The Network of Women in Media, India, is gratified that our letters to the Press Council of India and the Editors’ Guild, regarding the recent articles in Outlook and The Citizen, have generated a debate in the media and in society.
Other critiques of these articles, and of attempts to use the CCTV footage (or the “Tejpal Tapes”) and the media (including social media) to discredit the complaint of sexual assault/rape against the former editor of Tehelka have also contributed to this necessary discussion.
We believe that a robust debate is healthy and imperative for generating a better understanding among media professionals about the seriousness of reporting on issues of sexual violence, the importance of respecting the law and observing journalistic ethics, as well as of upholding basic human norms of sensitivity and fair play – within a broader framework of public interest – while reporting such issues.
Manu Joseph, the author of the Outlook article on the CCTV footage, has specifically referred to our letter in his response to criticism of his article. We do not know where his response was first published/posted, but it has been reproduced on some websites. We are posting his responsehere, along with our own response below:
1. Manu Joseph’s note outlining how and why he wrote the story does not address the substantive issues of legality and ethics that our letter raises.
2. The Outlook article certainly reflects better journalistic practice than the one in The Citizen. Joseph spoke to “the counsel from the prosecution side” and his article includes inputs from different sources and more than one perspective on some of the assumptions.
3. However, we maintain that the article, including the title, the lengthy introductory section, the visuals and the highlighted pull quotes, clearly infers that the complainant’s account of the events of 7-8 November 2013 is implausible. In our assessment, the overall impact of the story is to cast doubts on the veracity of her complaint, question her character, strengthen the defence argument that the sexual activities in the lift (which Tejpal has not denied) were consensual, and influence public opinion in favour of the accused.
4. We assert that it is unethical to selectively use just one of the many pieces of evidence in the case to discredit the complainant’s allegations; it also constitutes bad journalistic practice. In any case, it is up to the courts, not the media, to examine, evaluate and adjudicate on all the evidence assembled by the investigating agencies. While the media can, and must, analyse court judgements, it is not the role of the media to conduct what amounts to a pre-trial, that too with incomplete evidence.
5. Manu Joseph feebly attempts to sidestep the illegality of viewing, showing and commenting on the CCTV footage by claiming that the details of the footage were, “in a way” in the public domain, since they were “mentioned in the latest court order denying Tejpal bail” and detailed “in the submission of the defence counsel.” However, four out of six news reports on the latest denial of bail (print, television, online), datelined 14 March 2014, did not even mention the footage. A television report quoted the police saying that they had gathered CCTV footage as well as e-mail and SMS exchanges in the course of their investigation. The daily which carried the most detailed report merely mentioned that the defence had showed sections of the CCTV footage, submitting that “the footage does not corroborate the version given by the victim.” According to the court “…the CCTV footage, prima facie, does not help the applicant to prove his innocence, since it did not cover the incident inside the lift.” Such brief references to the CCTV footage are not the same as detailed descriptions of the supposed content of the footage.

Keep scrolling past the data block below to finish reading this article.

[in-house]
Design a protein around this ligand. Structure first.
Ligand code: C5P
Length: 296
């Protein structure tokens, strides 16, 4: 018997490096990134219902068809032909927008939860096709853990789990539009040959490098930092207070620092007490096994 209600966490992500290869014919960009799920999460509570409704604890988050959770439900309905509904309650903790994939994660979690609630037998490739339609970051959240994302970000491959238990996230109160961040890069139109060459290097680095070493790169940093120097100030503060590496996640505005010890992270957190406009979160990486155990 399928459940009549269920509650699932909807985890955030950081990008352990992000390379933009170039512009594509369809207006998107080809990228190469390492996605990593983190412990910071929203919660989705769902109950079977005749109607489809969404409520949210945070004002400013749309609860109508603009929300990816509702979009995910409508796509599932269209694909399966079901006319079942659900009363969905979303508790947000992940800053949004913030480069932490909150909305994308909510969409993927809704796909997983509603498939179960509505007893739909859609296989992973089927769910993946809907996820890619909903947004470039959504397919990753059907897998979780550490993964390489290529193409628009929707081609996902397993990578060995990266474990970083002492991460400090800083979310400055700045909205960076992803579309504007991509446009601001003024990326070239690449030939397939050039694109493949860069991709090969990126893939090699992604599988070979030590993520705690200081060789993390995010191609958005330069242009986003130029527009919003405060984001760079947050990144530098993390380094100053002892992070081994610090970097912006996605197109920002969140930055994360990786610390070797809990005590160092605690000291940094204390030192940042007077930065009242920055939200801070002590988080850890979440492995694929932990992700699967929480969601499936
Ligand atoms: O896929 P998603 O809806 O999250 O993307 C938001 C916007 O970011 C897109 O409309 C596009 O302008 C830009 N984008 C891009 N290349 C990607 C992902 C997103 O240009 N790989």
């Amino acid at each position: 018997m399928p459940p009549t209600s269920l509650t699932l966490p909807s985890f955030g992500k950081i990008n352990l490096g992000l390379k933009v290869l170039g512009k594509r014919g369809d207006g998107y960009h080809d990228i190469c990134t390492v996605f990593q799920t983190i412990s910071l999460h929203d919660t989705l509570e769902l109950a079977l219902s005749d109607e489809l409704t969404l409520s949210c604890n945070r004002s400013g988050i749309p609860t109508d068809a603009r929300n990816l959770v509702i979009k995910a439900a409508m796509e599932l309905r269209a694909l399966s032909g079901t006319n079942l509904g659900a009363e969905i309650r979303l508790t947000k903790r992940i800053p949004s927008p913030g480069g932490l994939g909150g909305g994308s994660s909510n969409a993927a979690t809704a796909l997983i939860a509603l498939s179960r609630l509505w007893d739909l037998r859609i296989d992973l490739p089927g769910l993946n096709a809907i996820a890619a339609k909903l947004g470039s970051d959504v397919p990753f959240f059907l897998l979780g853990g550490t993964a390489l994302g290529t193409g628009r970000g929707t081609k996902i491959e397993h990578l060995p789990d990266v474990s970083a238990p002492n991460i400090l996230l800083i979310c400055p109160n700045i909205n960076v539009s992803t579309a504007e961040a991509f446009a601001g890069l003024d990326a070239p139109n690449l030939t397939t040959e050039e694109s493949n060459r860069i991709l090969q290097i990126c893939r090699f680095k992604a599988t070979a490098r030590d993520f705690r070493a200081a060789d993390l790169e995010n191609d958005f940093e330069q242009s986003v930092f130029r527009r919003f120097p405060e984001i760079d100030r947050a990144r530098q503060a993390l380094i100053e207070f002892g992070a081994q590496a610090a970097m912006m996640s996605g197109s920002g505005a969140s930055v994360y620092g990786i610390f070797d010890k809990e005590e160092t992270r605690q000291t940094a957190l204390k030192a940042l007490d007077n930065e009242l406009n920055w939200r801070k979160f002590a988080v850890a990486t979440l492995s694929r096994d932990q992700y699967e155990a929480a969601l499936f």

6. Our letter referred to “what appears to be a renewed media campaign” and articles “which appear to be part of an orchestrated campaign” because the near simultaneous appearance of the two articles, by two senior journalists, highlighting the CCTV footage, as well as their circulation on social media, are unlikely to all be coincidental.
7. Manu Joseph asserts that there is “a compelling journalistic reason to put the feed in perspective.” We believe it is necessary to put the complex issues raised by the case “in perspective” in order to increase and improve public awareness and understanding. There are many useful and meaningful ways to put the multiple issues raised by the case in perspective. However, the Outlook article, which merely minutely dissects the CCTV footage, clearly does not serve this purpose. The only justification for resorting to illegal and/or unethical practices in the pursuit of a story is that it is done in the “public interest.” In our opinion, while the Outlook article may interest the public, it cannot claim to serve the public interest.
5 April 2014
Read here – http://www.nwmindia.org/articles/nwmi%E2%80%99s-response-to-manu-joseph%E2%80%99s-defence-of-his-article
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